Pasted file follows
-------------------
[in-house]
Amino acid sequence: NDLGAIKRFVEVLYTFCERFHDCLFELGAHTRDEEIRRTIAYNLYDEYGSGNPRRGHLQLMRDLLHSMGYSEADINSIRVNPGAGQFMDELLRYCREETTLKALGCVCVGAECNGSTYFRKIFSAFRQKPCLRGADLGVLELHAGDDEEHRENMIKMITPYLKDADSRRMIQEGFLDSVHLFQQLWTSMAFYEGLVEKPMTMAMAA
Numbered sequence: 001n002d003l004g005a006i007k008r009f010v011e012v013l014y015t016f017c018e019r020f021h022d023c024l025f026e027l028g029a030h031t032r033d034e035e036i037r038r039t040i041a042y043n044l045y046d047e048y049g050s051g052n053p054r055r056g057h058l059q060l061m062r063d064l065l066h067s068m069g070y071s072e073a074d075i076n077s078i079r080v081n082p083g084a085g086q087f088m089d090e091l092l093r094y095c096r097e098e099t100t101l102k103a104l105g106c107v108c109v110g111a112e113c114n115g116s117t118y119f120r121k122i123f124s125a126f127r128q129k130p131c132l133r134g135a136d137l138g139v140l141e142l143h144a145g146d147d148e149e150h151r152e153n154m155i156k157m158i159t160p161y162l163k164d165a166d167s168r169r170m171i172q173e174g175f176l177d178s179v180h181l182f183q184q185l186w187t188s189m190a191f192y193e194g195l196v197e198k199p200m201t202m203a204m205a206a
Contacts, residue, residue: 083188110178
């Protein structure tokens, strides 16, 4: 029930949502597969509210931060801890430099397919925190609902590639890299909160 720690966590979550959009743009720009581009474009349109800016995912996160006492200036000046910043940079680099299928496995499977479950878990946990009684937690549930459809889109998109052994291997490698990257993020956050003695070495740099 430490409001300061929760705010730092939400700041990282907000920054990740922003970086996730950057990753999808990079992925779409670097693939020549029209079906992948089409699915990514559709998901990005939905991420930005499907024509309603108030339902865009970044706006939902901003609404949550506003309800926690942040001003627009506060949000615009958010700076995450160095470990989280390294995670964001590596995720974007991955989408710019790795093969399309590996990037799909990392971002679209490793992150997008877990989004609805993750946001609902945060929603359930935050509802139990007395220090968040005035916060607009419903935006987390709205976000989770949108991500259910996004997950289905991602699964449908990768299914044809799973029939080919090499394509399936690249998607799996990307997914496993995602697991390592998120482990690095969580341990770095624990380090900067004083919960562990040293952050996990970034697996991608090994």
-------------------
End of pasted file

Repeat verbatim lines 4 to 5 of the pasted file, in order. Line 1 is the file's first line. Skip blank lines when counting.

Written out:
Contacts, residue, residue: 083188110178
């Protein structure tokens, strides 16, 4: 029930949502597969509210931060801890430099397919925190609902590639890299909160 720690966590979550959009743009720009581009474009349109800016995912996160006492200036000046910043940079680099299928496995499977479950878990946990009684937690549930459809889109998109052994291997490698990257993020956050003695070495740099 430490409001300061929760705010730092939400700041990282907000920054990740922003970086996730950057990753999808990079992925779409670097693939020549029209079906992948089409699915990514559709998901990005939905991420930005499907024509309603108030339902865009970044706006939902901003609404949550506003309800926690942040001003627009506060949000615009958010700076995450160095470990989280390294995670964001590596995720974007991955989408710019790795093969399309590996990037799909990392971002679209490793992150997008877990989004609805993750946001609902945060929603359930935050509802139990007395220090968040005035916060607009419903935006987390709205976000989770949108991500259910996004997950289905991602699964449908990768299914044809799973029939080919090499394509399936690249998607799996990307997914496993995602697991390592998120482990690095969580341990770095624990380090900067004083919960562990040293952050996990970034697996991608090994």